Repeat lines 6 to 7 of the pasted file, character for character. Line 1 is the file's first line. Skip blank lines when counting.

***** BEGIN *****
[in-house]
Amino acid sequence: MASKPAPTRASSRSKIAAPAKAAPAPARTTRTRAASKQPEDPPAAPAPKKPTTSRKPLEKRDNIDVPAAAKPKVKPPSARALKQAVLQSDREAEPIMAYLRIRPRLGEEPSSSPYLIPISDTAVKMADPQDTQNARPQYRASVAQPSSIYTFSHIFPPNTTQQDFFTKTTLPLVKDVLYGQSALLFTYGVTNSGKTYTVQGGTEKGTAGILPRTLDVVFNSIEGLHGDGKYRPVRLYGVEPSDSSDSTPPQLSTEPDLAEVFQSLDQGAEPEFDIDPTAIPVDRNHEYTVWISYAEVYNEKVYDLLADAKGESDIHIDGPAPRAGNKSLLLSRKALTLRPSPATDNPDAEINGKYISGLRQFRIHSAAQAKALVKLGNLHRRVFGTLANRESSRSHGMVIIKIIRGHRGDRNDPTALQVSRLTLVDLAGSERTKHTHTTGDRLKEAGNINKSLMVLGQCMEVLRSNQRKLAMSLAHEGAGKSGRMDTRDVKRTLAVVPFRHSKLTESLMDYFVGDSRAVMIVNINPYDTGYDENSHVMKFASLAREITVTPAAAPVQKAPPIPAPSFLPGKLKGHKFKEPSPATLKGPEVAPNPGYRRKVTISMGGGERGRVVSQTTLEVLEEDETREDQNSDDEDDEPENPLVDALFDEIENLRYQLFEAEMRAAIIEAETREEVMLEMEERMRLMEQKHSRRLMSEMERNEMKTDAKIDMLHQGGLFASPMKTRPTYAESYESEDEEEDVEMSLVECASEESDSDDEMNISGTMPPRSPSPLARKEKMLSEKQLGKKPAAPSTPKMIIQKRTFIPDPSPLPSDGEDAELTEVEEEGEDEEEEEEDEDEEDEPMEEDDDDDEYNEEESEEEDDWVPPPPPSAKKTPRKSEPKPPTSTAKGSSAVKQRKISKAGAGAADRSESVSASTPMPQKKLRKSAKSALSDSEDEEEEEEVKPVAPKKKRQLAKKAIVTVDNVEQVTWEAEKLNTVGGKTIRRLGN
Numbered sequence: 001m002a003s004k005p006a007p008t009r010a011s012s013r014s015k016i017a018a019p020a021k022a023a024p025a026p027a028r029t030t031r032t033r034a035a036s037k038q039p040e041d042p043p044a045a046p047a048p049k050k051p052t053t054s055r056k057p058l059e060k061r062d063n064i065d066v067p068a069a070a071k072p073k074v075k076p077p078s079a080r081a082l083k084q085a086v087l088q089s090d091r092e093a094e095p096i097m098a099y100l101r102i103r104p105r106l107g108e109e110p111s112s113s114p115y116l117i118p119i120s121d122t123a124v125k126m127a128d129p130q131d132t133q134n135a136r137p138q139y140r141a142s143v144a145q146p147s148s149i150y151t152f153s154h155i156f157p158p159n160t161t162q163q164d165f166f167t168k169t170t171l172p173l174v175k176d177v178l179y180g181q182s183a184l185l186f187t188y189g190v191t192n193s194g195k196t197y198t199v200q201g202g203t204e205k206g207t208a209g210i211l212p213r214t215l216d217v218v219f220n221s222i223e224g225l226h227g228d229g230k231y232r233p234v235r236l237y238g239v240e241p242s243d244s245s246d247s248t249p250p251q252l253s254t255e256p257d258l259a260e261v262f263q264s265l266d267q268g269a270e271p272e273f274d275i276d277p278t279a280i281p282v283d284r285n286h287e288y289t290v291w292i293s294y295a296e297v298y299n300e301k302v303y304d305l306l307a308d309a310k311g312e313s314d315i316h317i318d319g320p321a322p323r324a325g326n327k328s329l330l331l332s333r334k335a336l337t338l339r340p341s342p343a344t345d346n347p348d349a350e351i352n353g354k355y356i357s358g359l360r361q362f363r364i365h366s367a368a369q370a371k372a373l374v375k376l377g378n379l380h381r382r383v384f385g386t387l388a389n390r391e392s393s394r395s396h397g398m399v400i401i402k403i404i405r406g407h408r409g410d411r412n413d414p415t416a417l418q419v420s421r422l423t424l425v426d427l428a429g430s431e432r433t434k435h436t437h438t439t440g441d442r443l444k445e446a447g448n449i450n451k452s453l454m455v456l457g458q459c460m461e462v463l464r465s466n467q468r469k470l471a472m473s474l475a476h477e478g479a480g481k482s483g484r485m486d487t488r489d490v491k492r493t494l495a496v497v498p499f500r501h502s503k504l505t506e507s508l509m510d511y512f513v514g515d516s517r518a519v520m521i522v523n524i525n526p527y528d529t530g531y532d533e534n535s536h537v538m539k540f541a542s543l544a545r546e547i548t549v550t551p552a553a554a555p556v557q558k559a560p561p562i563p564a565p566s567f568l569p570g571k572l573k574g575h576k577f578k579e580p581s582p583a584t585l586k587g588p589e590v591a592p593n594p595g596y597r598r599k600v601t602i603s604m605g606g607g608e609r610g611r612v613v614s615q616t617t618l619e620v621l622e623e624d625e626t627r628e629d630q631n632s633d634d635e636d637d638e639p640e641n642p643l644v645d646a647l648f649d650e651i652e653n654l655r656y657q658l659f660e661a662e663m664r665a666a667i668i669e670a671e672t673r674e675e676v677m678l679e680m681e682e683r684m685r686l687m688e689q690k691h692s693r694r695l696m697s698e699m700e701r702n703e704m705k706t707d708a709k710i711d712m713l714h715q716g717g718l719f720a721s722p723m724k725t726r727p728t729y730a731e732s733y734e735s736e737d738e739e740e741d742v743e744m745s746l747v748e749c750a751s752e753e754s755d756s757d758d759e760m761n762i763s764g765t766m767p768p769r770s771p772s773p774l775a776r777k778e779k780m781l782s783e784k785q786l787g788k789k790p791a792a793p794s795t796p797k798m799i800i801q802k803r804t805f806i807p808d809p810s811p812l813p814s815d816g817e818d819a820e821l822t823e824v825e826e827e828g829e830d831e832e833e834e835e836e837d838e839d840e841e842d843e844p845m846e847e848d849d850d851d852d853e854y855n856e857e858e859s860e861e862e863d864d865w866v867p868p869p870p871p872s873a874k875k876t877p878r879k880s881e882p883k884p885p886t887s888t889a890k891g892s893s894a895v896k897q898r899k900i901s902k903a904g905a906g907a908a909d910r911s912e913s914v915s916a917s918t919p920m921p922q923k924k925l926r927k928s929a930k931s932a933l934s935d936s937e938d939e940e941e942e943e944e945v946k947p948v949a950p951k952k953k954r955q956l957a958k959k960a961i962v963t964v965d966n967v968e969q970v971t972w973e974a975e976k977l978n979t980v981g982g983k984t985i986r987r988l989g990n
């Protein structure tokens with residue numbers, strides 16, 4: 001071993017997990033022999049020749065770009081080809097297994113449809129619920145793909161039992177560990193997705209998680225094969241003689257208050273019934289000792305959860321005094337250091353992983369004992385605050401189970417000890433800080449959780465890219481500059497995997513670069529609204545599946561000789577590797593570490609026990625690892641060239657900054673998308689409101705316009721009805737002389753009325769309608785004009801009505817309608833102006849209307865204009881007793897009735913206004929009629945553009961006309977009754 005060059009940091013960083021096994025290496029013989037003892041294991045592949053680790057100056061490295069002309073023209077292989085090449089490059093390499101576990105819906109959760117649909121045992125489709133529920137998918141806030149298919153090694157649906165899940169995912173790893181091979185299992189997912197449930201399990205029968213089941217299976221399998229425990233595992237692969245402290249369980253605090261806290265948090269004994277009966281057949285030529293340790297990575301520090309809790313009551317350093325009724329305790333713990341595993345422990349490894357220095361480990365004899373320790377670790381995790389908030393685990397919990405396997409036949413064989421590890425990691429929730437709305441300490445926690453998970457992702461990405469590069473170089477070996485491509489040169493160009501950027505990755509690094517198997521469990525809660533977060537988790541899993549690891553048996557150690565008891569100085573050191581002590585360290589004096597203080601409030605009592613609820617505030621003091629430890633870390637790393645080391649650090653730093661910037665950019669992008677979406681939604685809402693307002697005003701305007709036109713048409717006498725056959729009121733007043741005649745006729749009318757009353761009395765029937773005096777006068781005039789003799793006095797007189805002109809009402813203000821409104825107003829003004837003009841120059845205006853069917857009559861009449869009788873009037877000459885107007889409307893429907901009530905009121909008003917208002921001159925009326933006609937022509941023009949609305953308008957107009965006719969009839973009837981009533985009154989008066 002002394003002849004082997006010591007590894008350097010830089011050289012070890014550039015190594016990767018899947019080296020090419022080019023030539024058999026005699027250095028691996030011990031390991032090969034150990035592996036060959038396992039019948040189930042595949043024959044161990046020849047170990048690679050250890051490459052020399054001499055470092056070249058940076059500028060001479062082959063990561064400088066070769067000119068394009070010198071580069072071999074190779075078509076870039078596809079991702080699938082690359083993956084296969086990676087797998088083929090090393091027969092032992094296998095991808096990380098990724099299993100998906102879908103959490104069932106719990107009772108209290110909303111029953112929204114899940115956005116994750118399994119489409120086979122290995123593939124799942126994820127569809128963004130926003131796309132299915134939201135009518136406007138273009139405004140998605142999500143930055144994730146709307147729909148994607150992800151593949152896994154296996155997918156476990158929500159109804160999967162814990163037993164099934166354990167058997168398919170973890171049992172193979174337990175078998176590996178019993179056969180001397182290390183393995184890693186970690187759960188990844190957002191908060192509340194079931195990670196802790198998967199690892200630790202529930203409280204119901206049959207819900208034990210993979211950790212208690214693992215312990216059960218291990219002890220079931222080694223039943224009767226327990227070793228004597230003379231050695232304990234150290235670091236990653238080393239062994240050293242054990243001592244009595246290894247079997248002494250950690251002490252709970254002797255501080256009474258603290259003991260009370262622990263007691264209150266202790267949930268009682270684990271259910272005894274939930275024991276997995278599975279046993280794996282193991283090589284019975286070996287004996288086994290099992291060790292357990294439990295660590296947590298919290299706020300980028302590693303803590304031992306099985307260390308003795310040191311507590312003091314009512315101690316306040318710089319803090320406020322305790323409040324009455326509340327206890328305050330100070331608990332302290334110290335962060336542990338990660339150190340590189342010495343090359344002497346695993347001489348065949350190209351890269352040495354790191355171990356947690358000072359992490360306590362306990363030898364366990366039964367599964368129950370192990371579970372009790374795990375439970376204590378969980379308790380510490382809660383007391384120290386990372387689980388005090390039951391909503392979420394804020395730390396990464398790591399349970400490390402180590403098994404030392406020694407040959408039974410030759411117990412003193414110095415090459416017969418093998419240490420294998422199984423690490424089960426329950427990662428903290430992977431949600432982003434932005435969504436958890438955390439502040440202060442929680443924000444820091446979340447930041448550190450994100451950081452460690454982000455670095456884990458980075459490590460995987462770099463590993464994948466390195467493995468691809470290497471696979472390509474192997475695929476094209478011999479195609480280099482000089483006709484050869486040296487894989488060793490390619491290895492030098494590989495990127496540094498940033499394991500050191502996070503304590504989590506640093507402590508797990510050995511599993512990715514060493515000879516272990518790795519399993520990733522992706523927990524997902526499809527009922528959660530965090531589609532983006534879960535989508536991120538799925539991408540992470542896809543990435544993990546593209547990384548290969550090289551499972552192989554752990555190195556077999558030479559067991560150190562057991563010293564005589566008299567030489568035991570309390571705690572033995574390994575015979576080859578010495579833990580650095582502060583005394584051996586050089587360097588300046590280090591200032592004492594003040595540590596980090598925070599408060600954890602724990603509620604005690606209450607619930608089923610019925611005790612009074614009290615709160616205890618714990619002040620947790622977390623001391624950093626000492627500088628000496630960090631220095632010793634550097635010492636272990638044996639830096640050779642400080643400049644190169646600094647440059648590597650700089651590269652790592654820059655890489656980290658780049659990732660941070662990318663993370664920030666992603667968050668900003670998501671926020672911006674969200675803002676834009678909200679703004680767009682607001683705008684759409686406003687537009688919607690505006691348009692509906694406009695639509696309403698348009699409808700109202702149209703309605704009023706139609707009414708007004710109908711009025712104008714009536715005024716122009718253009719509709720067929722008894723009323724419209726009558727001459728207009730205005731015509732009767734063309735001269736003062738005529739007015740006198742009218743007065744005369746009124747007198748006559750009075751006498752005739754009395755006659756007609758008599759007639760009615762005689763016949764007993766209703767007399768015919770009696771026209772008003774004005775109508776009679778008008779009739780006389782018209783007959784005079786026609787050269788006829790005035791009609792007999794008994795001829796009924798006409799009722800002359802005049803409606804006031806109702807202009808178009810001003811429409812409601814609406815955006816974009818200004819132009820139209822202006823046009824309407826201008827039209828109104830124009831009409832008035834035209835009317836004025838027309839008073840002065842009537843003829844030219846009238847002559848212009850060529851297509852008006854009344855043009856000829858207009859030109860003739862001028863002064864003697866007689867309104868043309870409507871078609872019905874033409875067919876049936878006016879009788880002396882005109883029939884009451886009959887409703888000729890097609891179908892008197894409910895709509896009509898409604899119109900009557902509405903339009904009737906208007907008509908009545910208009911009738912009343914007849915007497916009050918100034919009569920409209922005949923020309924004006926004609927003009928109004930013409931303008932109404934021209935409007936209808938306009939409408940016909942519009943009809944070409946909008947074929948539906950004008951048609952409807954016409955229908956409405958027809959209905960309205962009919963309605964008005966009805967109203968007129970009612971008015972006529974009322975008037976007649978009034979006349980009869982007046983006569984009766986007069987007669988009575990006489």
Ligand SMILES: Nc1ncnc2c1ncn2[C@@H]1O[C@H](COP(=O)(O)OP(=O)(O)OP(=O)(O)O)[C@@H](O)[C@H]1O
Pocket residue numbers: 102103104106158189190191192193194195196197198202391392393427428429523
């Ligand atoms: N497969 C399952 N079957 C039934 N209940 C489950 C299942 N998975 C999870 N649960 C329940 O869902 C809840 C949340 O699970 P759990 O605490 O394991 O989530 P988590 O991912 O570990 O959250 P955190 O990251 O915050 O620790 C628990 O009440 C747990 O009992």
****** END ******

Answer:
Pocket residue numbers: 102103104106158189190191192193194195196197198202391392393427428429523
């Ligand atoms: N497969 C399952 N079957 C039934 N209940 C489950 C299942 N998975 C999870 N649960 C329940 O869902 C809840 C949340 O699970 P759990 O605490 O394991 O989530 P988590 O991912 O570990 O959250 P955190 O990251 O915050 O620790 C628990 O009440 C747990 O009992």